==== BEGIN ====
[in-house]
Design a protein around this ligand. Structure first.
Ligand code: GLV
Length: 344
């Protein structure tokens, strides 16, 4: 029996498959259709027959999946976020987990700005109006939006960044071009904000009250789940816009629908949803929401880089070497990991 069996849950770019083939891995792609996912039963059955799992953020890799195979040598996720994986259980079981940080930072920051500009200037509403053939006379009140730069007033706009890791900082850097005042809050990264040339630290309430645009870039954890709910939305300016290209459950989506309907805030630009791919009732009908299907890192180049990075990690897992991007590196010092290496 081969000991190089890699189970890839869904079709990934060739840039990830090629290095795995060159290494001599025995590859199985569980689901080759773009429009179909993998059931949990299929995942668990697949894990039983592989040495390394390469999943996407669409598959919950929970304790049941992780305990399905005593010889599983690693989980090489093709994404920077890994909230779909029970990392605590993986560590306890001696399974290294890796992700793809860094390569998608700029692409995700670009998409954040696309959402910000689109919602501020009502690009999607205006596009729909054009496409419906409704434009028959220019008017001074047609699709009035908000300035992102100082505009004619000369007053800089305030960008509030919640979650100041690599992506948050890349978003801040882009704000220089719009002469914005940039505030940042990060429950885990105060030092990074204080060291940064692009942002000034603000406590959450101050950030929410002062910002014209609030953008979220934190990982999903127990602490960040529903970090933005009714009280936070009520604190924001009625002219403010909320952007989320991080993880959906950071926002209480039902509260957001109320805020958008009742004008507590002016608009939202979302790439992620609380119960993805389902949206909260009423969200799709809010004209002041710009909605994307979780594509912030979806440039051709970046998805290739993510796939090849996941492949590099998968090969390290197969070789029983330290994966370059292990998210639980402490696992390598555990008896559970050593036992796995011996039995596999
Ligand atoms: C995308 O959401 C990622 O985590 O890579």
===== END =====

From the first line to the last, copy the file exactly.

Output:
[in-house]
Design a protein around this ligand. Structure first.
Ligand code: GLV
Length: 344
């Protein structure tokens, strides 16, 4: 029996498959259709027959999946976020987990700005109006939006960044071009904000009250789940816009629908949803929401880089070497990991 069996849950770019083939891995792609996912039963059955799992953020890799195979040598996720994986259980079981940080930072920051500009200037509403053939006379009140730069007033706009890791900082850097005042809050990264040339630290309430645009870039954890709910939305300016290209459950989506309907805030630009791919009732009908299907890192180049990075990690897992991007590196010092290496 081969000991190089890699189970890839869904079709990934060739840039990830090629290095795995060159290494001599025995590859199985569980689901080759773009429009179909993998059931949990299929995942668990697949894990039983592989040495390394390469999943996407669409598959919950929970304790049941992780305990399905005593010889599983690693989980090489093709994404920077890994909230779909029970990392605590993986560590306890001696399974290294890796992700793809860094390569998608700029692409995700670009998409954040696309959402910000689109919602501020009502690009999607205006596009729909054009496409419906409704434009028959220019008017001074047609699709009035908000300035992102100082505009004619000369007053800089305030960008509030919640979650100041690599992506948050890349978003801040882009704000220089719009002469914005940039505030940042990060429950885990105060030092990074204080060291940064692009942002000034603000406590959450101050950030929410002062910002014209609030953008979220934190990982999903127990602490960040529903970090933005009714009280936070009520604190924001009625002219403010909320952007989320991080993880959906950071926002209480039902509260957001109320805020958008009742004008507590002016608009939202979302790439992620609380119960993805389902949206909260009423969200799709809010004209002041710009909605994307979780594509912030979806440039051709970046998805290739993510796939090849996941492949590099998968090969390290197969070789029983330290994966370059292990998210639980402490696992390598555990008896559970050593036992796995011996039995596999
Ligand atoms: C995308 O959401 C990622 O985590 O890579």